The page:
According to Wikipedia, a Journal Club is a group of individuals who meet regularly to critically evaluate recent articles in the scientific literature. Since this is Universe Today if we occasionally stray into critically evaluating each other’s critical evaluations, that’s OK too.
And of course, the first rule of Journal Club is… don’t talk about Journal Club. So, without further ado – today’s journal article involves the mysterious case of PSR J1841-500, the pulsar that didn’t pulse.
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Pulsars are neutron stars – with polar jets. They rotate quite fast and when one of those polar jets line up with Earth we detect a pulse of radio light. This is a very regular and very predictable pulse – although when measured over long time periods, the pulses slowly decline in frequency as magnetic forces create drag that slows the neutron star’s spin.
But PSR J1841-500 is an oddball – when first discovered, it pulsed every 0.9 seconds. Then for reasons unknown, it stopped pulsing for a period of over 500 days – after which it just picked up where it left off. There are at least two other pulsars known to have demonstrated such ‘switch on – switch off’ behaviour, although neither had anything like the switch-off duration of PSR J1841-500.
It is known that now and again neutron stars experience a ‘glitch’, a kind of a starquake, as the intense gravity of the star crunches its internal structure down to an even more compact state. This can change its spin and hence its pulse rate.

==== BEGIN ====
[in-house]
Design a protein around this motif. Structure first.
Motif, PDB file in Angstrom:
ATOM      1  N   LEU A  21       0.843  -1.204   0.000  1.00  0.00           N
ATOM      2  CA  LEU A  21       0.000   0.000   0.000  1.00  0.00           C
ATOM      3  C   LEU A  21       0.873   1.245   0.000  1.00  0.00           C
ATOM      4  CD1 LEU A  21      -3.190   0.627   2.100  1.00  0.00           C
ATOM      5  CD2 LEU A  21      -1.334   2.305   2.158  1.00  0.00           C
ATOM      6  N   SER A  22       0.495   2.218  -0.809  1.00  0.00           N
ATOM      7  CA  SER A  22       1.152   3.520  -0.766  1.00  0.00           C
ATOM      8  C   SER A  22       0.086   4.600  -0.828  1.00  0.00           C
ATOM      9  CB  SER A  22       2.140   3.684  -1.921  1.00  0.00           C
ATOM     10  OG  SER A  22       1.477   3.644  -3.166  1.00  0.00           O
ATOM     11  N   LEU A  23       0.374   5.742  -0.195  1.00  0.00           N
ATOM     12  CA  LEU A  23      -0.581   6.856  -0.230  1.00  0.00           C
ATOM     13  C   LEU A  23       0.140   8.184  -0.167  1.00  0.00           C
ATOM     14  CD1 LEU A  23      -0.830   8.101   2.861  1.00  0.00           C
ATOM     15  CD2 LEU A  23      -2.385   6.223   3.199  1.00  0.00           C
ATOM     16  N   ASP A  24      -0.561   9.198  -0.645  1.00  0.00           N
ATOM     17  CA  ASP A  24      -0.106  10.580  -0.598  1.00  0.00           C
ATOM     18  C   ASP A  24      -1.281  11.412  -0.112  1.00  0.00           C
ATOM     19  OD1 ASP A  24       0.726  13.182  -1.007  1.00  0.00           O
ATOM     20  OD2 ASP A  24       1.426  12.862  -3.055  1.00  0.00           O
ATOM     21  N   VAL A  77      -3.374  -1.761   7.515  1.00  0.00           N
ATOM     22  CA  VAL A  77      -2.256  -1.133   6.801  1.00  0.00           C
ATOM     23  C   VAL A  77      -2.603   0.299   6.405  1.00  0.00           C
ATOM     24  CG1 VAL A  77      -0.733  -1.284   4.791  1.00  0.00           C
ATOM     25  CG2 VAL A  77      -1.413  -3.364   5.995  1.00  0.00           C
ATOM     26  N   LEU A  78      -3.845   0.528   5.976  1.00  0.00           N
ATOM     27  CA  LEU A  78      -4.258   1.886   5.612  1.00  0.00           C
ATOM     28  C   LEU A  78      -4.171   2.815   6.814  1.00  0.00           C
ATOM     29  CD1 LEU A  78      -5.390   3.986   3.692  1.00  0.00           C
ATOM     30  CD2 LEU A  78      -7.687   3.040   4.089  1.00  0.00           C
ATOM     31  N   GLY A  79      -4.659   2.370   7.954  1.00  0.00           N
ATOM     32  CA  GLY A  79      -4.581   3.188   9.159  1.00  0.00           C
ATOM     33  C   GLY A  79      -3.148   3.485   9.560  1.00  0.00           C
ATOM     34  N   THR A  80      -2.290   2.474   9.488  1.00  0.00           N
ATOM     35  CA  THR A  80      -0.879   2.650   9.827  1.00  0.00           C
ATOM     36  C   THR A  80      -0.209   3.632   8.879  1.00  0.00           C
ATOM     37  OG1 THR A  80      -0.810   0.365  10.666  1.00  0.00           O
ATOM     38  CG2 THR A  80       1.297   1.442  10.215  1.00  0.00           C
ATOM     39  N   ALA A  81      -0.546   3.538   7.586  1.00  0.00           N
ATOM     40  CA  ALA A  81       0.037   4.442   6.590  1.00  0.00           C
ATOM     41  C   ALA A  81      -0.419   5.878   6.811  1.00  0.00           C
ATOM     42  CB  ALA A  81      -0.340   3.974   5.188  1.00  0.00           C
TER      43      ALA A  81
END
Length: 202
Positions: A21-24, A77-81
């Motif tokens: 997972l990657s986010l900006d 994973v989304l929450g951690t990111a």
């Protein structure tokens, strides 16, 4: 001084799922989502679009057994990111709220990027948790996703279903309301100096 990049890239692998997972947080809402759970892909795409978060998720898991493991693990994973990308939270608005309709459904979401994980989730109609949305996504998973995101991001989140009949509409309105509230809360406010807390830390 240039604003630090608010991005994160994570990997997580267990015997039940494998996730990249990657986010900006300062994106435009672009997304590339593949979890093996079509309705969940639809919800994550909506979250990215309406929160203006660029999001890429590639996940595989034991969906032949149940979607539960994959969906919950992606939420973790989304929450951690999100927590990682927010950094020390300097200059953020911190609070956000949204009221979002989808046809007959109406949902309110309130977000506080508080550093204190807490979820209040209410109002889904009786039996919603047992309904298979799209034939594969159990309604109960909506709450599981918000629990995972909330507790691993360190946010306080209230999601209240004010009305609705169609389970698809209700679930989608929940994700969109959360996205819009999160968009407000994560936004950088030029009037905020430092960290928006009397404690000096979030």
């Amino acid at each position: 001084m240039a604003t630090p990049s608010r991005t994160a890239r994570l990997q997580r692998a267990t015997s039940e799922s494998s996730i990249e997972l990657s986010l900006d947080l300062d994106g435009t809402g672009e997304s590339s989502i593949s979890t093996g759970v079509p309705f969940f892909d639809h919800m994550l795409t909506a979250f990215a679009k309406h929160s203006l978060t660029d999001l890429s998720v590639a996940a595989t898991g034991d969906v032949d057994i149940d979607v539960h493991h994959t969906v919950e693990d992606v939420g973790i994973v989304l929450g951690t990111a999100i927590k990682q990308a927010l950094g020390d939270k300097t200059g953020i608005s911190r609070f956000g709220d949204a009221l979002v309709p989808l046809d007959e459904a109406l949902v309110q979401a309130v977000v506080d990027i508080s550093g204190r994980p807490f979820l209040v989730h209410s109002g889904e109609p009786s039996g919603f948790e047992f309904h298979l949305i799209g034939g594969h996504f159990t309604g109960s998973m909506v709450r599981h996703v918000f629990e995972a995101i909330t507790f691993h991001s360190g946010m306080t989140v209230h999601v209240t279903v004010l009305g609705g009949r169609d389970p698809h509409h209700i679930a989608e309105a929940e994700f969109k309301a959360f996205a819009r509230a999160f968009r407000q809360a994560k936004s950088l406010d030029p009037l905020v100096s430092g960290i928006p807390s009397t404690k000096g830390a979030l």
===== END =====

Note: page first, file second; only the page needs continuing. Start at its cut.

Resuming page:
However, it’s not clear if glitch phenomena would help explain the extended ‘switch-off’ phenomenon observed in PSR J1841-500. Looking for other anomalies, the authors point to the unusual proximity of the magnetar IE 1841-045, which might be having some (unknown) effect on its neighbor.
The authors then conclude with the interesting suggestion that if this behavior is common, then we may be missing lots of pulsars that were in a ‘switched-off’ state when their particular region of the sky was last surveyed. This means we actually need to undertake repeated surveys – which should hopefully keep more astronomers in a job.
So – comments? Are the authors just building an overblown story out of a measurement error? Is there some weird magnetic dance going on between two proximal neutron stars? Want to suggest an article for the next edition of Journal Club?
Otherwise, happy holidays and all that stuff. SN.
Camilo et al PSR J1841-0500: a radio pulsar that mostly is not there.